Abigail Adams — The Woman Who Had a Mastectomy............Without Anesthesia

Abigail Adams was the daughter of the second President of the United States, John Adams, and the sister of John Quincy Adams, the sixth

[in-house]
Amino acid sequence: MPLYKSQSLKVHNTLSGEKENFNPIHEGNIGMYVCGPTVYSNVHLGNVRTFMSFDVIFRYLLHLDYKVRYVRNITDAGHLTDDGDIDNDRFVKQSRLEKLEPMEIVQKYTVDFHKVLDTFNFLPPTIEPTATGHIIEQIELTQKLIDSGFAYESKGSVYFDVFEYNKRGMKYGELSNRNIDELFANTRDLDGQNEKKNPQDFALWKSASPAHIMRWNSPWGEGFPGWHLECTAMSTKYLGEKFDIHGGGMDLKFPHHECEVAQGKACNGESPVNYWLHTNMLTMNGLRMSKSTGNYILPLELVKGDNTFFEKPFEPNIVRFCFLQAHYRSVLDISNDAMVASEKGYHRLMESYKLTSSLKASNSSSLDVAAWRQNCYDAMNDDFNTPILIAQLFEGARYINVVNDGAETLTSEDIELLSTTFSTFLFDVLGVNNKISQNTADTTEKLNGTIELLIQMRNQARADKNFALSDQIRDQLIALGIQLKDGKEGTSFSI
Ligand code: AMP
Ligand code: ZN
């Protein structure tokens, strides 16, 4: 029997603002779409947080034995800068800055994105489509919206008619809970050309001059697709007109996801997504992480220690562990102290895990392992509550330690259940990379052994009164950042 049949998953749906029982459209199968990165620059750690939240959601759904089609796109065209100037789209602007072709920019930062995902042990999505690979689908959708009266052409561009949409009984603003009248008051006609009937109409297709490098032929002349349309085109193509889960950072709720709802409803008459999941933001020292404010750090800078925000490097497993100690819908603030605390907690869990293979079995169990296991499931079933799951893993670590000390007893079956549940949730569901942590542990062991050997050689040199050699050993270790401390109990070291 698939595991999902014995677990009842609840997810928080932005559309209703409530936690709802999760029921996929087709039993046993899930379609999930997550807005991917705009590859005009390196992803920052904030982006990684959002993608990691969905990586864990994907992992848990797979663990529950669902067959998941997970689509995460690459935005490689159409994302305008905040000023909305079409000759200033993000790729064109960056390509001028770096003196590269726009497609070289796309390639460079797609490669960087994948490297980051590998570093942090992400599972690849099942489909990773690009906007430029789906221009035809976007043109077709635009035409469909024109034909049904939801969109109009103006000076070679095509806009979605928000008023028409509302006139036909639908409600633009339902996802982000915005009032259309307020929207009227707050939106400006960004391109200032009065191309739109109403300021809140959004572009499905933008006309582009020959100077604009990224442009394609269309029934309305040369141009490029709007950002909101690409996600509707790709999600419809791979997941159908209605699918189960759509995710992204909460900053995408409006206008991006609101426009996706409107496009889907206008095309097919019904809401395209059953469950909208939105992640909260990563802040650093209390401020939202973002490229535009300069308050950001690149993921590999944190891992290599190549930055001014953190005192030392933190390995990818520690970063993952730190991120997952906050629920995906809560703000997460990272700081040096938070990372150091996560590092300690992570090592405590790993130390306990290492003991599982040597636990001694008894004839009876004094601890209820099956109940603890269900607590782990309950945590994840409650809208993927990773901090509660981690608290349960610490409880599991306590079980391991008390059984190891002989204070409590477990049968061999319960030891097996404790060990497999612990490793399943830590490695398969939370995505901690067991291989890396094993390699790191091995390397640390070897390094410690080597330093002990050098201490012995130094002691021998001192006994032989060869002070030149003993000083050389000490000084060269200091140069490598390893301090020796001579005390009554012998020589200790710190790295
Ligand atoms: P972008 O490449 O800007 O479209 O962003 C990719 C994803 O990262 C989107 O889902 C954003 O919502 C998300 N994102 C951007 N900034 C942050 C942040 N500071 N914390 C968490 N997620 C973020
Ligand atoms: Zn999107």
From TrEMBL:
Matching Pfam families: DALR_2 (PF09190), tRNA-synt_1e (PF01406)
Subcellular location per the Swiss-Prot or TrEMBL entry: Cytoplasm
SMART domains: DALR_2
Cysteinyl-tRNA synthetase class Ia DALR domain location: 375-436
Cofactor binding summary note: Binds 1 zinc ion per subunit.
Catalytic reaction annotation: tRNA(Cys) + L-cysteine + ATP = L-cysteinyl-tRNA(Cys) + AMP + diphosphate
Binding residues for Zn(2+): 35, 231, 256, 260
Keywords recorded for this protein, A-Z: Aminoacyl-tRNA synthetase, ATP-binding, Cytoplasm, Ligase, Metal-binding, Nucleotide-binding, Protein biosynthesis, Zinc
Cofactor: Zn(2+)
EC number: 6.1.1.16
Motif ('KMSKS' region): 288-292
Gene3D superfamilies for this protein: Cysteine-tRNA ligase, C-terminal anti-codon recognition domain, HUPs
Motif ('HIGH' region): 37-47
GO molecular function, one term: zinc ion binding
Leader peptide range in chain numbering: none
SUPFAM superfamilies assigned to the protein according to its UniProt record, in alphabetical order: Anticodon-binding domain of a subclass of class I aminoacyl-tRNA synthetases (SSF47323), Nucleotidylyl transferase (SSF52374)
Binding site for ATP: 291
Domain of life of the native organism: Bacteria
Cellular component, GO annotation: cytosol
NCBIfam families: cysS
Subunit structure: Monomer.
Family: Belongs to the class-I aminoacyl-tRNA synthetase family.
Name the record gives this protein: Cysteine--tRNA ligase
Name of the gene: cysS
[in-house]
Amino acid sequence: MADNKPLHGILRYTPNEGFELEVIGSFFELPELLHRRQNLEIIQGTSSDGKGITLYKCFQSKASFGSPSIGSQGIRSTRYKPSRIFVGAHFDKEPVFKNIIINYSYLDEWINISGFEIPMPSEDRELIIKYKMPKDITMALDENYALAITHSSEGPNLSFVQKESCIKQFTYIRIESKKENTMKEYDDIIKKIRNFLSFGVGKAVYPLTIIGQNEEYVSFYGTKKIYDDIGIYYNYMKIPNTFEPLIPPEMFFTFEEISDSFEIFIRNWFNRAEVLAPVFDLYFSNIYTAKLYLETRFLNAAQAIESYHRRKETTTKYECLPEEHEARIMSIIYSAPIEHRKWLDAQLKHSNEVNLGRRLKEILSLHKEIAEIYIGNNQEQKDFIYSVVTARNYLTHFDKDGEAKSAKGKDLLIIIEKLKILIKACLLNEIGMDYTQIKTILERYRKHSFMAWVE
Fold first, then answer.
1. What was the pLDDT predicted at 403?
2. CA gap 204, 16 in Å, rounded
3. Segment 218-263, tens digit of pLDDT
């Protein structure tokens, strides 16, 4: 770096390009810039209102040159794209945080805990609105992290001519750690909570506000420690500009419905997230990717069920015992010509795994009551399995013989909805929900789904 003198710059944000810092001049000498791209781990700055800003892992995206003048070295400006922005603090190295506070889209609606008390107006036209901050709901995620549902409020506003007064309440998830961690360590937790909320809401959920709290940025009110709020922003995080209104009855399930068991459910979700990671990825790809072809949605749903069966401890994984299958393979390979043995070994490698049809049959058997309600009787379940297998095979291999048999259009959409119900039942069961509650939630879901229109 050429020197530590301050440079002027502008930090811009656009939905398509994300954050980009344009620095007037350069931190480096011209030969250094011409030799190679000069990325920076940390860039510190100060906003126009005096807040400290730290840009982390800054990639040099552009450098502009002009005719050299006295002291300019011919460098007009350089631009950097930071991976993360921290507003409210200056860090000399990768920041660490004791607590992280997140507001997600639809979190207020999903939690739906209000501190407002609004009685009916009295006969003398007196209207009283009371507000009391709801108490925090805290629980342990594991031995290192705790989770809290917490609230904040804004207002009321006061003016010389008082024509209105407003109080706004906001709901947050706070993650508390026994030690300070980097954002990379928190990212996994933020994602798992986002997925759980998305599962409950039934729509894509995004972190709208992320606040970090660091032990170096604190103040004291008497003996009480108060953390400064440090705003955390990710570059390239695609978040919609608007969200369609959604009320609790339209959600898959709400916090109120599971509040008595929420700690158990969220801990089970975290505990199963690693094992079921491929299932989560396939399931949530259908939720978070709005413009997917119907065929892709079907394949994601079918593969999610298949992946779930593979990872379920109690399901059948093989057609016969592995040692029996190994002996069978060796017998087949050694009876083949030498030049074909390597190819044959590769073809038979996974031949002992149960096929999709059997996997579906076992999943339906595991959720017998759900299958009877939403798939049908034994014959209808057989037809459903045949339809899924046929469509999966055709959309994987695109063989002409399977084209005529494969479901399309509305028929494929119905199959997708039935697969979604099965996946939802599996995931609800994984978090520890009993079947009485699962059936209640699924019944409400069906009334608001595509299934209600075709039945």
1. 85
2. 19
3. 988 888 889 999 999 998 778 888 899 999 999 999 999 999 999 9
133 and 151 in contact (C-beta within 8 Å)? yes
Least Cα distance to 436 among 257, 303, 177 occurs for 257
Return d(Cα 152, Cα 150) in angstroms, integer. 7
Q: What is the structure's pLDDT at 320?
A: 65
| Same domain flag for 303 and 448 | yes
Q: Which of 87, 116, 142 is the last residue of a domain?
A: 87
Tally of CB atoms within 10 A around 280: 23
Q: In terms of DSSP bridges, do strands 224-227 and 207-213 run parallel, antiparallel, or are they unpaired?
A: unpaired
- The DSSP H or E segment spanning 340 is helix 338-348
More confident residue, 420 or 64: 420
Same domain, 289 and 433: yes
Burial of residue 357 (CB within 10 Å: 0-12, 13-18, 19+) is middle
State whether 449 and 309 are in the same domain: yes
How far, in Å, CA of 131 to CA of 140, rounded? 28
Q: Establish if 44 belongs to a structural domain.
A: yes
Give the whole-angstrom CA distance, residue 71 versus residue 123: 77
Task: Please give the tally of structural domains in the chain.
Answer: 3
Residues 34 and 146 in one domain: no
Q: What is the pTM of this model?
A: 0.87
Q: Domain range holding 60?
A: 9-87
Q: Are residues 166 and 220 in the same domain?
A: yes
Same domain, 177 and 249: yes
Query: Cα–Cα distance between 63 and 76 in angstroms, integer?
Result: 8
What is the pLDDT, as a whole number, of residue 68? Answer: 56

President of the United States. In 1811, when she was only 44 and living in the “frontier” of upstate New York, Abigail discovered a lump in her left breast. Doctors were summoned, but medical knowledge was still in its infancy, especially in remote locations. They recognized the cancerous tumor easily enough, but were at odds as to how to treat it. When she finally told her parents, they insisted that she come to Boston for better treatment. It was Dr. Benjamin Rush, one of the best known physicians in the country and a close friend of John Adams, who insisted that Abigail undergo immediate surgery or she wouldn't survive. Very little actual and factual documentation exists regarding Abigail’s surgery, other than that it was done on the kitchen table of her house. She was also fully clothed for modesty, required only to expose her left breast. Unfortunately for Abigail, there was no anesthesia. It’s likely that she fainted, which would have spared her the excruciating pain. When the breast was completely removed, the doctors noticed that the tumor appeared larger and more widespread than originally believed, but they had done their best. It was seven months before Abigail was well enough to return to upstate New York, but she wasn’t cured. The cancer had metastasized even before her operation. In the Spring of 1813, she returned to her parents’ home once more, this time to die. She died on August 9, 1813, a few weeks after she arrived. Just as she had wished, she died surrounded by her family.